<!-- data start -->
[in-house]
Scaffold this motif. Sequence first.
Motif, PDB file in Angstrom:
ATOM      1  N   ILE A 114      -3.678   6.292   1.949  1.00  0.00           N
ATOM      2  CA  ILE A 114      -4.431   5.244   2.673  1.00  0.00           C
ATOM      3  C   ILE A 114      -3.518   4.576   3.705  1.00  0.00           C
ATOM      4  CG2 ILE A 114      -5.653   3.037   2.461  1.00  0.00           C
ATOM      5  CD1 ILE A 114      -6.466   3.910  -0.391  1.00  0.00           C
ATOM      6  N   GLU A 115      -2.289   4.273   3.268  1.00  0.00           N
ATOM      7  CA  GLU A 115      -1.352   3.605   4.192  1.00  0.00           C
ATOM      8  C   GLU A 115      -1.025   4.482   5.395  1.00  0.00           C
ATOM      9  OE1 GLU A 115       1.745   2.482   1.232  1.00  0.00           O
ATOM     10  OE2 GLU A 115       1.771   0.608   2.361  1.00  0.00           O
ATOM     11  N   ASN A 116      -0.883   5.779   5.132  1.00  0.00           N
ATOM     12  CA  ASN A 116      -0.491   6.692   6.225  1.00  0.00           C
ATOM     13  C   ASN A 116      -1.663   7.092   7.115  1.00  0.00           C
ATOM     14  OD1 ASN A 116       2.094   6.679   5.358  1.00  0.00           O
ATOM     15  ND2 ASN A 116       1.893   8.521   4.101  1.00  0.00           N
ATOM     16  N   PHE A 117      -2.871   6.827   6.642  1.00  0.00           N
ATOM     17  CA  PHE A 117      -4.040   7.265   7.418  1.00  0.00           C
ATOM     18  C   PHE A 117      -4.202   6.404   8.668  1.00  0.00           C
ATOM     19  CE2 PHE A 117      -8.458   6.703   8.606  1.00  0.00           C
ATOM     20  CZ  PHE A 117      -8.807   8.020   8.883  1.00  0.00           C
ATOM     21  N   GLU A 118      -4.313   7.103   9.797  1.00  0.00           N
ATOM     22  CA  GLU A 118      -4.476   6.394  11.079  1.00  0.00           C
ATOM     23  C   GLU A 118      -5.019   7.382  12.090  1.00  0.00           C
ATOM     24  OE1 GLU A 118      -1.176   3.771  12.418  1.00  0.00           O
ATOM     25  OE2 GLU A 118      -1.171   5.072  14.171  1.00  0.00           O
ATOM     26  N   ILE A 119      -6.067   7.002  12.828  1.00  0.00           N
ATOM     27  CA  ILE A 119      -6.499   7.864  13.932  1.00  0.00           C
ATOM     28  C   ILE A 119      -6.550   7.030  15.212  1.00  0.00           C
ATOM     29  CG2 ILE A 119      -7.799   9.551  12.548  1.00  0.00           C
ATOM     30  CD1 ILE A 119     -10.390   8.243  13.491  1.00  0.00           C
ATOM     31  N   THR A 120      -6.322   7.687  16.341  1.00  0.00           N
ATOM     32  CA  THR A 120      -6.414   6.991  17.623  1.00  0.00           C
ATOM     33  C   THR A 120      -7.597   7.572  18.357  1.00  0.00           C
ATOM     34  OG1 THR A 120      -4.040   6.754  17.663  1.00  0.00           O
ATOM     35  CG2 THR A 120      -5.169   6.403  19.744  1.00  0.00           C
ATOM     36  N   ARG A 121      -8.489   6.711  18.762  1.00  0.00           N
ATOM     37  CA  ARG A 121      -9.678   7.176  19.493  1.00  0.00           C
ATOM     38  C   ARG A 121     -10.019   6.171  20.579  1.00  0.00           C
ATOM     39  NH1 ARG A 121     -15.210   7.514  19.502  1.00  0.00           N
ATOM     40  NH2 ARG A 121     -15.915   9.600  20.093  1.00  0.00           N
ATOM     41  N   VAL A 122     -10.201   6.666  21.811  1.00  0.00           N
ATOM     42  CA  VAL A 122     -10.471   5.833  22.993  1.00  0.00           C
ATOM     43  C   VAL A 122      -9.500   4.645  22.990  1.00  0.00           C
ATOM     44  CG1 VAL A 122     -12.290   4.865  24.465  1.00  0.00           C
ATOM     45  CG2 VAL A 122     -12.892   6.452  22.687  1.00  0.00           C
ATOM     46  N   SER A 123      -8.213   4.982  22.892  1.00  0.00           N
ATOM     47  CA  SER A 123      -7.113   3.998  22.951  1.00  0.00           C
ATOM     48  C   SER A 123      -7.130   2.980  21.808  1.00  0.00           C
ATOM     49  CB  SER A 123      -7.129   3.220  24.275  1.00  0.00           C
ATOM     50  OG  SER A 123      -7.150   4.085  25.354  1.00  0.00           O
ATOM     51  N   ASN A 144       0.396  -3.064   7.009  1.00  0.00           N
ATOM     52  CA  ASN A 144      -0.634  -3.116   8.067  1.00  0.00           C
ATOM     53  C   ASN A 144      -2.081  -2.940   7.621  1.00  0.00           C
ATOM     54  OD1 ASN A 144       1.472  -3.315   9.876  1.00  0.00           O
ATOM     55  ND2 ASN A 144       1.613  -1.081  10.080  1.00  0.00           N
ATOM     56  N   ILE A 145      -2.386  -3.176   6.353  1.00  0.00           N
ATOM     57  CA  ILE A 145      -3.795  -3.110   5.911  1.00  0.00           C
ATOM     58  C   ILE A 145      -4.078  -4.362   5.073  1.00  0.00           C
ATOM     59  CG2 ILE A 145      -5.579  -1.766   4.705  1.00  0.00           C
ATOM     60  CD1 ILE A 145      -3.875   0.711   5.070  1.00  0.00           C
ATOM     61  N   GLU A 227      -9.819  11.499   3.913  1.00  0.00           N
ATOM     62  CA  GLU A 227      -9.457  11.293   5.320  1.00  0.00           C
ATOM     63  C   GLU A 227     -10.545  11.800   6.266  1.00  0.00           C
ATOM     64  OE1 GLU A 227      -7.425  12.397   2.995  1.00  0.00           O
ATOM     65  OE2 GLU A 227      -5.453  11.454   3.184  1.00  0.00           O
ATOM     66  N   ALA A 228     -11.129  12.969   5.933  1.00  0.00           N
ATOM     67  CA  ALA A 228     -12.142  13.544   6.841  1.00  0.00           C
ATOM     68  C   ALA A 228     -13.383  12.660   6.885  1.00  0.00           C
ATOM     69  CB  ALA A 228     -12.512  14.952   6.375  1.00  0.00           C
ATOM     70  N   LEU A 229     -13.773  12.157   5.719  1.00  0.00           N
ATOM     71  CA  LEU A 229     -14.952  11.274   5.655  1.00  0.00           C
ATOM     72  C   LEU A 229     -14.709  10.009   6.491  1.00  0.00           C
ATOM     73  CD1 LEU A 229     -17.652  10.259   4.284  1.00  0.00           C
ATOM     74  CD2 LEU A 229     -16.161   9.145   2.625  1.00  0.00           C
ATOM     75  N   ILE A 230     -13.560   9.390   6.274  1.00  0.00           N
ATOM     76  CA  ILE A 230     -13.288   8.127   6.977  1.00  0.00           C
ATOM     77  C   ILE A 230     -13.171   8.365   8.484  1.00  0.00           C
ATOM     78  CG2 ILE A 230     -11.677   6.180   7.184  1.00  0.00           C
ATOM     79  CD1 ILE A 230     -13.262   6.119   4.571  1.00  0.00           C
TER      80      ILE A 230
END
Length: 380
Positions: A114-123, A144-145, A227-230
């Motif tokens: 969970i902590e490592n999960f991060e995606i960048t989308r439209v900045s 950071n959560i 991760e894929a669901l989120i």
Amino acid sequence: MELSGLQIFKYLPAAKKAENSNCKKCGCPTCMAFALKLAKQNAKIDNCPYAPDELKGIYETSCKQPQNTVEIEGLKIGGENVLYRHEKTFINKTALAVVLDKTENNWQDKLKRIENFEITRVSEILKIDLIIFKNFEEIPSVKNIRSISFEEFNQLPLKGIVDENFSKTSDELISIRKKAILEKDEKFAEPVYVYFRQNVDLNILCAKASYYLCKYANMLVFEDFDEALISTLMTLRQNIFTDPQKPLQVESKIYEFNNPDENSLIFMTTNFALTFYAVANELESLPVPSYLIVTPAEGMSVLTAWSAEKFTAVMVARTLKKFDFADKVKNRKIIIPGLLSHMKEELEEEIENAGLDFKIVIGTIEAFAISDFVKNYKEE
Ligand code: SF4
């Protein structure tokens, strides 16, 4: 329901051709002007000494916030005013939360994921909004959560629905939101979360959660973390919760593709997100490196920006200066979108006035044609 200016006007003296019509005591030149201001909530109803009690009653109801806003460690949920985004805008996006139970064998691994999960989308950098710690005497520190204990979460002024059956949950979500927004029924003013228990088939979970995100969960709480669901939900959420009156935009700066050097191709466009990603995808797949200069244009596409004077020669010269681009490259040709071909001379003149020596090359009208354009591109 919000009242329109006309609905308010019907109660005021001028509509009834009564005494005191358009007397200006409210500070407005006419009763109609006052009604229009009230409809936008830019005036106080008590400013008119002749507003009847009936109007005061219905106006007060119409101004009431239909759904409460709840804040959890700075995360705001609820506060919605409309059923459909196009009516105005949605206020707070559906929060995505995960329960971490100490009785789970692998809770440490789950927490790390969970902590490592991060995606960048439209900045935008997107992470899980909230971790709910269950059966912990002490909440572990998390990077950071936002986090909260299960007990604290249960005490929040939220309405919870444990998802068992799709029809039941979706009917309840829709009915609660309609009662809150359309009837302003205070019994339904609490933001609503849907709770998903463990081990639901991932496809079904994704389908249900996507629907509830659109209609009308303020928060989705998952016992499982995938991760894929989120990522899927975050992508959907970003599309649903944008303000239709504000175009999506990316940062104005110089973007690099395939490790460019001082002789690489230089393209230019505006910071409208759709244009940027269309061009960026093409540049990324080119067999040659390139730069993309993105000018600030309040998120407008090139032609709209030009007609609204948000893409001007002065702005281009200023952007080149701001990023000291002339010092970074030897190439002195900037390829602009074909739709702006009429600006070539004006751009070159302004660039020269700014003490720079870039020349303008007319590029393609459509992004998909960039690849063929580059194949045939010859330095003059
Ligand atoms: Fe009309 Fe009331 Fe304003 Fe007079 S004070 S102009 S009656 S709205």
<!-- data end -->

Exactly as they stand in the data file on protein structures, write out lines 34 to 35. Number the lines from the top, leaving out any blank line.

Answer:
ATOM     31  N   THR A 120      -6.322   7.687  16.341  1.00  0.00           N
ATOM     32  CA  THR A 120      -6.414   6.991  17.623  1.00  0.00           C